Other aspects of the analysis also counsel against the overwhelming stress on ideological causation in the recent historiography of Nazi persecution. In many Neuengamme satellite camps, inmates from Western Europe endured higher mortality than those from Eastern Europe, including the Soviet Union. Buggeln perhaps skates a little close to stereotyping in ascribing this to the latter's hardy constitutions and greater experience of privation at home (145) but is on stronger ground stressing the role of prior occupation to survival in the camps. He also explores the important refinement to Nazi genocidal policy from April 1944 when large numbers of Jewish prisoners were brought back into Germany for labour even as the occupation of Hungary paved the way for the unprecedentedly intense extermination of the Hungarian Jewish population. This reluctant suspension by the SS of its "homicidal credo" (279) was merely tactical, but points the way to an enhanced understanding of the impact of situation in its policies of murder.
Although the English translation dispenses with the sophisticated Pierre Bourdieu-inspired theorizing which characterized Arbeit und Gewalt, Buggeln's analysis of the Neuengamme perpetrators generally favours functionalist types of explanation. He stresses the contributions of perpetrator role and spatial situation to episodes of violence, alongside the toxic leadership provided to sundry "ethnic Germans" and seconded Wehrmacht personnel in the camps by a small group of bright-eyed SS fanatics socialized in the pre-war camp system. These are salutary insights but it would have been fruitful to see these guards examined, like the prisoners, as gendered beings: Buggeln has very little to say about the contribution of masculine ideals to the conduct and cohesion (or otherwise) of the perpetrators.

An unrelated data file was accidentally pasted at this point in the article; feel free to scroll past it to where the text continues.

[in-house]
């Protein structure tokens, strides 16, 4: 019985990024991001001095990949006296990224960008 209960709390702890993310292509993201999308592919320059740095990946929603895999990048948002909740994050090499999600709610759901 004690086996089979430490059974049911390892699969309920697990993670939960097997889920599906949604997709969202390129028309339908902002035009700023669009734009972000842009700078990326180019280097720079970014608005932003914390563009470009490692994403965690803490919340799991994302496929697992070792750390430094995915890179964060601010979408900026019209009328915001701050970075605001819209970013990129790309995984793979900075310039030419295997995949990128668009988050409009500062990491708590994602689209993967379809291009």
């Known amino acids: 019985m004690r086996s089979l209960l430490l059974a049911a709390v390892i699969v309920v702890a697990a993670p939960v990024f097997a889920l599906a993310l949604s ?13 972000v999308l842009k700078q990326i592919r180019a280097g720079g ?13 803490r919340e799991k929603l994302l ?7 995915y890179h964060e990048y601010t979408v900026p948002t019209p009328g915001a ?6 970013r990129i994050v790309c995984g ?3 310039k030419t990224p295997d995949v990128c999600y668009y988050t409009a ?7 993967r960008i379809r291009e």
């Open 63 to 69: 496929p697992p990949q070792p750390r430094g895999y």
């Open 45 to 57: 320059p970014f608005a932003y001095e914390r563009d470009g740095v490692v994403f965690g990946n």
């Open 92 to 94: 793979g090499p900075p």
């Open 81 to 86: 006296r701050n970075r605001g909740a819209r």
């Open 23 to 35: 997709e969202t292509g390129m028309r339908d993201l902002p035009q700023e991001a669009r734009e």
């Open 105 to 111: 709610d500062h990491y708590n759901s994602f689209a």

While the quantitative analyses in Slave Labor in Nazi Camps are generally impressive, these too are marred by occasional infelicities. At one point (101), for example, Buggeln states that a monthly mortality rate of 10% implies that all prisoners would have been dead in 10 months: they may well have been in practice, but not through this consistent rate of attrition. In fact, over 3,000 would still be alive. To be sure, this is not fundamental to the argument but does risk needlessly undermining the authority of his important data mining (see 111 for another example). There are also places where the abridgement for the English-language edition has led to pugnacious interventions into wider historiographical controversies without the same detailed empirical foundation as Arbeit und Gewalt (see especially chapter ten and the Volksgemeinschaft debate). Finally, one might also quibble with the (titular) characterization of concentration camp prisoners as "slaves" - the classic slaveholder needed to keep his slaves alive in order to generate a return on the resources expended in acquiring them. For the SS, in contrast, as Buggeln demonstrates so chillingly, the death of a concentration camp inmate was greeted with indifference (at most) until quite late in the war. All in all, this volume is a very fine and generally skilfully-adapted "taster" of Buggeln's Neuengamme project, particularly recommended for Anglo-American students, but to experience its full nuance and sophistication, the historian is advised to seek out the original German.